By Justin Myers
For On Common Ground News
The Georgia Kangaroos played its last game on March 8 with a win (Final Score 150-118). Shortly after the win, the City of Stonecrest closed the Browns Mill Recreation Center, home of the Kangaroos, following social distancing restrictions ordered by Gov. Brian Kemp due to the COVID-19 pandemic.
Brian Caswell, head Coach of the Georgia Kangaroos, said the state’s restrictions forced the premature ending of the season for the city of Stonecrest’s brand new team.
“Keep in mind the National CDC (Centers for Disease Control) published no groups larger than 10 people (no gatherings), and that pretty much put a fork in even having practices,” Caswell said.
After the team’s last game, Caswell said that the league had an owner’s conference call in early March to discuss what to do. At the time, the goal was to push the start of the league from April 1 to May 18. Caswell decided, however, not to play after the late start due to overlaps in the Georgia Kangaroos’ schedules coming from the delay.
The reopening of Georgia’s economy hasn’t helped the Kangaroos. The team should have played over five games by now. They were hit hard.
“Times are really hard right now for teams and players dealing with mental and financial issues by not being able to have sports,” Caswell said.
Georgia Kangaroos were to provide the opportunity for players to possibly get the chance to play in the NBA G-League or go overseas.
“Deep inside, they must be heartbroken, sad, and frustrated,” Caswell said.
Brandon Martin, a star player of the Kangaroos, says as far as the season-ending so soon and abruptly: “I hated it. We had just won five games in a row right before joining the Maximum Basketball League. We had hopes of taking that momentum into the league and coming out with a championship. Our team was starting to gel, and you saw the chemistry forming. I was really looking forward to what was to come.”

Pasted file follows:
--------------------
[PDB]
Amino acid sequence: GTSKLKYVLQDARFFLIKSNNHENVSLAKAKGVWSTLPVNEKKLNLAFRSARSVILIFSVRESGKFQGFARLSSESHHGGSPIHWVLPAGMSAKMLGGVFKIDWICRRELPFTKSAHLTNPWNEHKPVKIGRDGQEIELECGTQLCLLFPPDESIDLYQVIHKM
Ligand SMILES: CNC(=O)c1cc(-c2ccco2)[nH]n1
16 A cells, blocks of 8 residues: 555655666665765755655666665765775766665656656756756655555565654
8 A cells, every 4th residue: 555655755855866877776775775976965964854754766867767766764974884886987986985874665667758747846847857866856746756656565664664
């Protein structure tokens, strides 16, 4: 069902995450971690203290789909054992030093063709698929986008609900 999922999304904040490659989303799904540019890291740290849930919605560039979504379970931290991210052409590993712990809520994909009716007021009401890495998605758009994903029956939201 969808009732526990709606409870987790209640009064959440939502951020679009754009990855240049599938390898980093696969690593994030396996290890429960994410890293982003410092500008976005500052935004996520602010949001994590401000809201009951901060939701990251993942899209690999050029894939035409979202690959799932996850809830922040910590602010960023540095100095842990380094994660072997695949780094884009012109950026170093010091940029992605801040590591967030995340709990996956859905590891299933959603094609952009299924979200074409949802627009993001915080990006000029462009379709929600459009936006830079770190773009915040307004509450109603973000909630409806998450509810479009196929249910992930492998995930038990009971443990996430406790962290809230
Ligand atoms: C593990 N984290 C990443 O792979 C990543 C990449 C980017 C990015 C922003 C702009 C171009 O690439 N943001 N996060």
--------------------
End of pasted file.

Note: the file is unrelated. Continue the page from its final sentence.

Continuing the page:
In one of the last Kangaroo games, most of the team had double digits. Three of the Kangaroos had over 30 points, including Martin.
Martin has not used this time to sit back.
“I personally have been doing agility and ball handling drills, running and lifting weights Monday through Friday,” Martin said. “I’ll use the weekends as recovery days (ice, heat, stretch, meditation). I’ve also taken this time to really focus on my diet, making sure I come out of this a better all-around person/athlete.”
Coach Caswell said the Georgia Kangaroos’ goal is to fight COVID 19 and keep the Kangaroos going.
“We will not go away. But I would be lying if I said we have a plan that I am 100 percent confident about,” Caswell said. “We lost a lot of momentum, we lost all our revenues, and the things that will help us when we get back will be the hardest to achieve in the days going forward. Those things are sponsors and fans. We greatly rely on sponsors, and so many businesses big and small have been hurt, they will find it hard to pay to advertise with our team.”
Caswell said the team also lost the momentum it built up with fans.
“I am not sure how quickly people will trust being in gyms close to other in a crowd,” said Caswell. “Our business is to build fans and entertain those who love basketball and want to support their local players. Playing basketball isn’t our business, providing an experience for our fans and a platform to help drive sales to our sponsors is what we do. I want to give the fans a sense of being a part of the team. We want them to use words like, “We won” and “my team. We are winners, so we will figure out a way to win this war as well.”